Crop Production News 2018 - Issue 2
By Ken Panchuk, PAg, Provincial Specialist Soils
It is widely known that sulphur is required for healthy stands and optimum yield of canola. However, sometimes sulphur application on canola is missed for one of many reasons, such as crop switching (a change in rotation at the last minute) during seeding. Post seeding application of sulphur is a viable option to correct sulphur deficiencies, but timing is important.
Sulphur is not mobile in plants, so a constant supply of sulphur is needed from shortly after emergence to the completion of seed filling. A shortage of sulphur at any stage of growth can result in reduced yield. When scouting fields, sulphur deficiency symptoms will appear in patches and seldom in the entire field. If symptoms appear in patches, take action by broadcasting some ammonium sulphate as soon as possible.
Sulphur deficiency symptoms on the first true leaves can be cupping upward of the leaves and/or yellow spotting. Other symptoms are:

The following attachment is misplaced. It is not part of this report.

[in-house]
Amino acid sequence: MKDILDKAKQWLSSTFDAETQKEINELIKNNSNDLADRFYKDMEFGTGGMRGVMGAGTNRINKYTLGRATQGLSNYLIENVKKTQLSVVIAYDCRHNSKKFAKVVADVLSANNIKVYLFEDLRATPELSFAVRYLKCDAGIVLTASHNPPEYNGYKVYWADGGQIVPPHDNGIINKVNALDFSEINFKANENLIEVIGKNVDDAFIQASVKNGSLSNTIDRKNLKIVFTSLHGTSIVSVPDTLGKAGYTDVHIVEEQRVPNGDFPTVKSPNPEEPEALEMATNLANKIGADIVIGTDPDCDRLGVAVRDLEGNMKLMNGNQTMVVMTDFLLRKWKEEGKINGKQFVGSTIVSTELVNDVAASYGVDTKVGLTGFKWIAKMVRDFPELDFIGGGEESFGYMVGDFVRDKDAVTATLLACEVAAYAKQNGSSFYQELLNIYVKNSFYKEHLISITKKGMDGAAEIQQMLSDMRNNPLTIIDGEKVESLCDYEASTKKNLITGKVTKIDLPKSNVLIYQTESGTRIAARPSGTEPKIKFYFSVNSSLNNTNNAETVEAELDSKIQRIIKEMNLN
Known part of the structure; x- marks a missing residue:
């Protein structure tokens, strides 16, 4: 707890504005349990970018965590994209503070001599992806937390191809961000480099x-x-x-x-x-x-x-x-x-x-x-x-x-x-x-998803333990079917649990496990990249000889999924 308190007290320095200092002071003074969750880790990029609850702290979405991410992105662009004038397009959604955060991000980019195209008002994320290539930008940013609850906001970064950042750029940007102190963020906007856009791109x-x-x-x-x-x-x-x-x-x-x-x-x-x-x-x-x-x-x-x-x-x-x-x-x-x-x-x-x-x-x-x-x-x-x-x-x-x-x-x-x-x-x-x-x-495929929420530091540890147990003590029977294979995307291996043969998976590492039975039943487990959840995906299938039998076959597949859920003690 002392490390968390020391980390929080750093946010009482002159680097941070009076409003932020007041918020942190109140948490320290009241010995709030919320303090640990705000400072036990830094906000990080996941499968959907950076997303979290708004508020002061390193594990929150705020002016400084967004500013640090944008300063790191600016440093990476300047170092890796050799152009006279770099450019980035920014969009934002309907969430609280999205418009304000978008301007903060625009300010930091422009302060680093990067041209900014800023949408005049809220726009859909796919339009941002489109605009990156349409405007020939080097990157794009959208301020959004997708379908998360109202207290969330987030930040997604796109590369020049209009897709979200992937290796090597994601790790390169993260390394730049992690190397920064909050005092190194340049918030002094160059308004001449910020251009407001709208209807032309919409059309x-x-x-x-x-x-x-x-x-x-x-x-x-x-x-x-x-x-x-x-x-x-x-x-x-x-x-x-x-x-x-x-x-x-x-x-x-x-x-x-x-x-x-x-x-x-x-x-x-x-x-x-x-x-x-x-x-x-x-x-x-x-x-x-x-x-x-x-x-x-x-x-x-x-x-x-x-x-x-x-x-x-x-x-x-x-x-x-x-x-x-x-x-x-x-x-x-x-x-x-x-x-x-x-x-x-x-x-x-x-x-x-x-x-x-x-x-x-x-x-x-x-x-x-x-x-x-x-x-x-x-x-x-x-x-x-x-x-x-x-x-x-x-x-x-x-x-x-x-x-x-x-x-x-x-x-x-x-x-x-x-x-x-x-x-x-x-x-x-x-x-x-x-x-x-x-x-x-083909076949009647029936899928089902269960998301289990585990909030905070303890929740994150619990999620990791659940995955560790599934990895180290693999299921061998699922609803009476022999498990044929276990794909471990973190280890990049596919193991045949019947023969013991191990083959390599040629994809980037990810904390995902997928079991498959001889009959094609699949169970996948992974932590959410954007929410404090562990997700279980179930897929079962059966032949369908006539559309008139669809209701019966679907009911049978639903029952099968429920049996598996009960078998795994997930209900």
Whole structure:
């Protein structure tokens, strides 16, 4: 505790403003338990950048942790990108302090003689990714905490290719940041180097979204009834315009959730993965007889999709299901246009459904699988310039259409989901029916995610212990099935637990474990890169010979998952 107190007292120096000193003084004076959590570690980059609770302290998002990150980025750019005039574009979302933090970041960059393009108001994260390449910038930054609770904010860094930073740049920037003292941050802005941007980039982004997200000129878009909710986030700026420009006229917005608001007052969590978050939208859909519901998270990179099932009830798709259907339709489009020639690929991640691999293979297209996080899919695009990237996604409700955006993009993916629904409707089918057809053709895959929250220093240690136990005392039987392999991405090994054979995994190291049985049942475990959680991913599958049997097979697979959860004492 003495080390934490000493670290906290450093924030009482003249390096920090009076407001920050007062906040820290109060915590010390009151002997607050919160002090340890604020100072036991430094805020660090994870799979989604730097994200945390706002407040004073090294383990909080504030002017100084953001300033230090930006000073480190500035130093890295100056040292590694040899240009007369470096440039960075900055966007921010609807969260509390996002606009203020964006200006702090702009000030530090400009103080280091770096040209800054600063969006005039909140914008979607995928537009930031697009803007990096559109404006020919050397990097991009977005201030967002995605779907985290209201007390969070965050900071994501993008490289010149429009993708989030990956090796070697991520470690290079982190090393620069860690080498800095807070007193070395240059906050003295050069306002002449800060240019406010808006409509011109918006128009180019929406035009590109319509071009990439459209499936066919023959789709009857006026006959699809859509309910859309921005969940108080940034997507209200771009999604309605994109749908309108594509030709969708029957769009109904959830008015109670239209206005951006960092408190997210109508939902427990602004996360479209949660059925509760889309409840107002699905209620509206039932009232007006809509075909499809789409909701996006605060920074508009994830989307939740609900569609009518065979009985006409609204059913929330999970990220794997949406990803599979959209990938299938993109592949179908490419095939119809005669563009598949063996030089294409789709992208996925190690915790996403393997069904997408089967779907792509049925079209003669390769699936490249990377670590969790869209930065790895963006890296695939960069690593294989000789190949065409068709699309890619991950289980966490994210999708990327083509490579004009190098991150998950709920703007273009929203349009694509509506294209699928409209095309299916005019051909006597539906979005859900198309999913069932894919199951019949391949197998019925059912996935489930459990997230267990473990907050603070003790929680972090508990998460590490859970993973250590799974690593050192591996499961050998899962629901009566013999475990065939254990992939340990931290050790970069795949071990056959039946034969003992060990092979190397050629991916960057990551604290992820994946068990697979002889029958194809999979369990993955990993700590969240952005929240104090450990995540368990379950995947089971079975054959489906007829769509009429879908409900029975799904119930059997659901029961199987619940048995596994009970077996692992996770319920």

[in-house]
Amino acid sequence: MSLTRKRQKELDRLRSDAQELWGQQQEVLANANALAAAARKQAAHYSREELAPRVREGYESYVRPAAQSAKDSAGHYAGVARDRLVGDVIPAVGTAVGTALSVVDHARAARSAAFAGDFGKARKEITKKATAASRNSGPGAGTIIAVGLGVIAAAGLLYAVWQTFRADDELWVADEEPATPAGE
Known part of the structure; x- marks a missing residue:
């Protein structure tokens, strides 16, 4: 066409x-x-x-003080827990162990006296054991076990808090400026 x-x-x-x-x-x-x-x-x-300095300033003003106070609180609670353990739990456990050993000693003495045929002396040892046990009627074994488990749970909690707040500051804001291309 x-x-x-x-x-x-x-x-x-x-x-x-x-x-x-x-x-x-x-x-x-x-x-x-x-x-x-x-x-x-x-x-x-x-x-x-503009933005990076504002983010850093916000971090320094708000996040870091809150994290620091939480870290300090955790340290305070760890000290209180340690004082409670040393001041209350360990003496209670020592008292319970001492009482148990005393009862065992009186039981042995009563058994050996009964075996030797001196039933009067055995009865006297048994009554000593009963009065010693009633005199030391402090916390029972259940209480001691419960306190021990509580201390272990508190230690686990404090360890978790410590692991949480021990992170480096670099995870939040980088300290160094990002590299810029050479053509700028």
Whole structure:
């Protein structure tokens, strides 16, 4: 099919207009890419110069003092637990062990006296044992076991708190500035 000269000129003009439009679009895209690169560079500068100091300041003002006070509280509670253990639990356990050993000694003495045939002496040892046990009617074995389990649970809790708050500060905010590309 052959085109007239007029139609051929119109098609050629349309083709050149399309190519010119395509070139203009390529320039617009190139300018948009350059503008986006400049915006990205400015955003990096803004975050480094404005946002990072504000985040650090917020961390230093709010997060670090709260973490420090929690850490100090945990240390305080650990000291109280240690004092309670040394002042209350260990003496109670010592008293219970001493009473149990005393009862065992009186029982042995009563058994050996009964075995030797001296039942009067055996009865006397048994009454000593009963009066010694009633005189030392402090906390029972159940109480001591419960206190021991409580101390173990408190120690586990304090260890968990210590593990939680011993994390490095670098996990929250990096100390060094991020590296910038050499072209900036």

- Cupping upward of the leaves with possible reddening of the underside of the leaf margins;
- Interveinal yellowing of the newest leaves;
- Spindly plants;
- Smaller pale yellow flowers; and
- Poor pod development with poor seed filling resulting in delayed maturity.
Research has shown that ammonium sulphate can be applied up to the early flower stage to rescue yield. However, the earlier the application is made, the better the chance of recovering full yield potential. For more information, see Sulphur Fertilization in Crop Production.